Depth and diversity at the Fair

Important but behind-the-scenes science and technology take center stage at the Global Technology Fair.

More than 500 colleagues from around the world participated in this inaugural fair held at the Mannheim site in mid-May. The 40 booths showcased innovations in manufacturing equipment technology and processes, ranging from the use of disposables in clinical manufacturing to 3-D printing technology for creating prototypes to evaluating laboratory facilities through virtual reality.

Ursula Redeker, General Manager, Roche Diagnostics Germany, welcomed participants. “Take the time to listen, to see, to learn from each other at this fascinating event,” Ursula said. “The depth and diversity here are immense.”

The theme of improving efficiency ran through many exhibits, said Karl-Heinz Kleimeier, Head of Manufacturing Service and Technology, Mannheim. Several booths highlighted efficiency through advances in automation; the Building Monitoring System exhibit showed how detailed monitoring of energy use could help make buildings significantly more energy-efficient.

Everyone’s a winner

As no fair is complete without games, one Mannheim team created a fun yet educational way to demonstrate their XTS eXtended linear Transport System. Using colored golf balls and a spinning wheel, they turned a small-scale model of the system into a game of chance. Every player walked away with a prize—and a glimpse into the potential manufacturing applications of this high-precision, high-speed system for challenging assembly and handling processes.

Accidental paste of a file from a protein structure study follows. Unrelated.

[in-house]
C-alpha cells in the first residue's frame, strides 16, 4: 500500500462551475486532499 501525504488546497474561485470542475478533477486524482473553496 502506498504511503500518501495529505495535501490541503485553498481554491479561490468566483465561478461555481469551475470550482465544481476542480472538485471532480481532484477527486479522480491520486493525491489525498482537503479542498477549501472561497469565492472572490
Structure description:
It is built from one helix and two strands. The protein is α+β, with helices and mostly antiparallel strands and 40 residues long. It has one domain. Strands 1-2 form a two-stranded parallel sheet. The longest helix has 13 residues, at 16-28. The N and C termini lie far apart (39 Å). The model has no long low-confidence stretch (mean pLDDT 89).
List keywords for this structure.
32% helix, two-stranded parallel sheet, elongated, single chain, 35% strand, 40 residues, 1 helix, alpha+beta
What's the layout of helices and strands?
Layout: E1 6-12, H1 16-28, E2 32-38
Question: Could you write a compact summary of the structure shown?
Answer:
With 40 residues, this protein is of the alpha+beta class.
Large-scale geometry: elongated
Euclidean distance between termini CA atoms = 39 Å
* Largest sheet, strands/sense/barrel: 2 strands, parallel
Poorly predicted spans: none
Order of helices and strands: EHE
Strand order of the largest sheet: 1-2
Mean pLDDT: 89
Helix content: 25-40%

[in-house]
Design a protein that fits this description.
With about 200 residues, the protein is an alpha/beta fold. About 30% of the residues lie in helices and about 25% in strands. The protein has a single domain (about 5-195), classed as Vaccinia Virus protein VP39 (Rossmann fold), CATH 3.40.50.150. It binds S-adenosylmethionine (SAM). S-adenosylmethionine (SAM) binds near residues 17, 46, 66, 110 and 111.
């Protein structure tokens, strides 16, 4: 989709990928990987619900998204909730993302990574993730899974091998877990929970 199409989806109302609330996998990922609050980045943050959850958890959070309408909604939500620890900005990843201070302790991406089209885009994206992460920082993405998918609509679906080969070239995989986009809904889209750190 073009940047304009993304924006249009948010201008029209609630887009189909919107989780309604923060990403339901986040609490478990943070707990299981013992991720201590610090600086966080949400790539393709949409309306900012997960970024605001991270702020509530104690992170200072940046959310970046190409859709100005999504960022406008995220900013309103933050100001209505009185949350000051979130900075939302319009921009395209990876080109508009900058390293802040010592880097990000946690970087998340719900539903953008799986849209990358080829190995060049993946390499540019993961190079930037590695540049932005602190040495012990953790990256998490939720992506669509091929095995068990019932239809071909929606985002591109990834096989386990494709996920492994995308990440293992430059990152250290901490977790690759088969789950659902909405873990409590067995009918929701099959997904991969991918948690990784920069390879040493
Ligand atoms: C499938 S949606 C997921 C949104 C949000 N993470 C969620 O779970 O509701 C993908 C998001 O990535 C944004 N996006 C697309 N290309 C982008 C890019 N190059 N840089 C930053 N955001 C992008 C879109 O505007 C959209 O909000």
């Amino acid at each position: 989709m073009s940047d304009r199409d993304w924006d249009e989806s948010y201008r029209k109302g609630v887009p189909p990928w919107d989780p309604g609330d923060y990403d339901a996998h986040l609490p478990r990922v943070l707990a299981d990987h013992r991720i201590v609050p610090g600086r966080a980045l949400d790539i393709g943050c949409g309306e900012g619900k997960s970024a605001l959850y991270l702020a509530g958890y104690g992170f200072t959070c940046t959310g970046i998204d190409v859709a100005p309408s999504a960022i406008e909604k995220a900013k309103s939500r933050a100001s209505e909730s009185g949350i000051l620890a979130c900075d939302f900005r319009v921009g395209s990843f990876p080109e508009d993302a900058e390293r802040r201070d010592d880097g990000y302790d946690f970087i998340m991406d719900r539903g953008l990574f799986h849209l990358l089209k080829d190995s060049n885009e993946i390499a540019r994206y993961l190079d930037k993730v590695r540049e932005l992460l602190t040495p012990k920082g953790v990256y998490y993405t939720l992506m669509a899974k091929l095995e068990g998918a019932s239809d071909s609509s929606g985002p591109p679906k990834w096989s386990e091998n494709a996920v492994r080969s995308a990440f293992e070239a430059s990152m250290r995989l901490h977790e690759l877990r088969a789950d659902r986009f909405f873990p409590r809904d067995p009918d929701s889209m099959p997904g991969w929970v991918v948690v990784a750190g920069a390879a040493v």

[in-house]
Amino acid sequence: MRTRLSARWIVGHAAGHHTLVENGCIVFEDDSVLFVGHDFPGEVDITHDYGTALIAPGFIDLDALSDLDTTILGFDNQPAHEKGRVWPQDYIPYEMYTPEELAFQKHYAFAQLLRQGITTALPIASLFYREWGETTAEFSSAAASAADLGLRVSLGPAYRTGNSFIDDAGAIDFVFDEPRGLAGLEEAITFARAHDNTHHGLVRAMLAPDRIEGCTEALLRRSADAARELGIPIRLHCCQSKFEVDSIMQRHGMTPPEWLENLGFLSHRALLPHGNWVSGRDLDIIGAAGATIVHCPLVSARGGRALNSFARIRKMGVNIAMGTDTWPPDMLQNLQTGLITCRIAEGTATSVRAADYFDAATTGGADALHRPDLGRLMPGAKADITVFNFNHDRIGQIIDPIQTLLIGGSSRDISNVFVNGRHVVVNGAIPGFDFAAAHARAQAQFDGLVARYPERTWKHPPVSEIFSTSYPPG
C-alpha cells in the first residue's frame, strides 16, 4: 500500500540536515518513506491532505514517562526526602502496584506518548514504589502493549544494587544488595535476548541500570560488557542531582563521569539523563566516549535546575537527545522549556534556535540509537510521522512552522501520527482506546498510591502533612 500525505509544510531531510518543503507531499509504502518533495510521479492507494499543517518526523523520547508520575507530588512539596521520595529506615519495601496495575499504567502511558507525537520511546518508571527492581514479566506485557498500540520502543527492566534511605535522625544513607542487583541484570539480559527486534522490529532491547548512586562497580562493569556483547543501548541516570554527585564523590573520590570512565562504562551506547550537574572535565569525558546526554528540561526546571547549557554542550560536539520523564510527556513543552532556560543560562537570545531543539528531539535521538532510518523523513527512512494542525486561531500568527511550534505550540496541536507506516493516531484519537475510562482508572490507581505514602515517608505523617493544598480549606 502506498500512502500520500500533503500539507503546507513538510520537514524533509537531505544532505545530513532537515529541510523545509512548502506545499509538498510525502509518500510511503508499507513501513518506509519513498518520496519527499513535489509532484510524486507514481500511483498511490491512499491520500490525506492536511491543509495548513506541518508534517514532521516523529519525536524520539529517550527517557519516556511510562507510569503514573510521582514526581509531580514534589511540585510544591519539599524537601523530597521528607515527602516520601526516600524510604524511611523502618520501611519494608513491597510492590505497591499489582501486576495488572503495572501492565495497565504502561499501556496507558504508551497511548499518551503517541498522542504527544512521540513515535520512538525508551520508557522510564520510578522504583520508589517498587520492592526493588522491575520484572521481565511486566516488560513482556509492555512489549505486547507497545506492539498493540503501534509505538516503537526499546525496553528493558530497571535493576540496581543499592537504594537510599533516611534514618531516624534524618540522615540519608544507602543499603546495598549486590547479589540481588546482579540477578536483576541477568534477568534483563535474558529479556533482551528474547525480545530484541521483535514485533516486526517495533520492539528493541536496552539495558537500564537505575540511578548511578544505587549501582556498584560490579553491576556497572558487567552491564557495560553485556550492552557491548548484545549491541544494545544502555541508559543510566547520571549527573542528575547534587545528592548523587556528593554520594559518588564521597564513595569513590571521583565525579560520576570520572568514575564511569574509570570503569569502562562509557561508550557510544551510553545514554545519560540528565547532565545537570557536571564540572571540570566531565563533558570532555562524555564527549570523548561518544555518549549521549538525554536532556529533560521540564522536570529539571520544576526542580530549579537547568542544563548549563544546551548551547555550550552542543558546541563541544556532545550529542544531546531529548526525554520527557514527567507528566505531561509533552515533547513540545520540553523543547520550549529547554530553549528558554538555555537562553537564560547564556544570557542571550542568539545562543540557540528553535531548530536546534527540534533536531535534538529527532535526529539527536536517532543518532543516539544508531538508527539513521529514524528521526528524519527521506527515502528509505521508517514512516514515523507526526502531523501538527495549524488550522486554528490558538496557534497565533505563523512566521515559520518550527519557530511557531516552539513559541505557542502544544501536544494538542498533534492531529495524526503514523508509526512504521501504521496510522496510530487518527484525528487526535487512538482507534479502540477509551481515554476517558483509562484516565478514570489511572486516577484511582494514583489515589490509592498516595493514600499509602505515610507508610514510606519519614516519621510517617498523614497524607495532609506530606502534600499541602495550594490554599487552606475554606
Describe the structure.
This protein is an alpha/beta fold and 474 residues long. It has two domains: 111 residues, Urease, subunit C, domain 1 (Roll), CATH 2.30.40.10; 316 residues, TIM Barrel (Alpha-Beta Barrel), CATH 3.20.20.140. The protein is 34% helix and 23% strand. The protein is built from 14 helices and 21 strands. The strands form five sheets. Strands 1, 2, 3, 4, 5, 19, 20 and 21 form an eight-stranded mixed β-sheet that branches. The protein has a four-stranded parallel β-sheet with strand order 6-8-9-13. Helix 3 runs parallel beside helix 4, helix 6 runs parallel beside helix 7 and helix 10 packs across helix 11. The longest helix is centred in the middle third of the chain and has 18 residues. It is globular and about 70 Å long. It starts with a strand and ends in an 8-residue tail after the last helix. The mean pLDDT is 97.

A special exhibit allowed visitors to don virtual reality (VR) stereoscopic headgear and then “walk through” a simulated manufacturing environment showing the new engineered Dispenser Verification Module (DVM) in place at Ventana/Roche Tissue Diagnostics (RTD) headquarters in Tucson, Arizona. The DVM earned Andreas Trapp and team the Roche Diagnostics Innovation Award (category: generate value).

The VR technology shows Roche Diagnostics’ fully automated workflow solutions. Since its 2012 introduction, it has been successfully applied in the EMEA/LATAM regions and used at trade shows, customer events and fairs.

“We have currently prepared one small, one mid-sized and two high-volume VR reference lab cases aimed at Roche Professional Diagnostics (RPD) that people can inspect and learn about,” said Peter Weisenburger, Head of Lab Design and Visualization in Mannheim. Future applications will focus on highly automated workflows in blood banking.

Tags: Science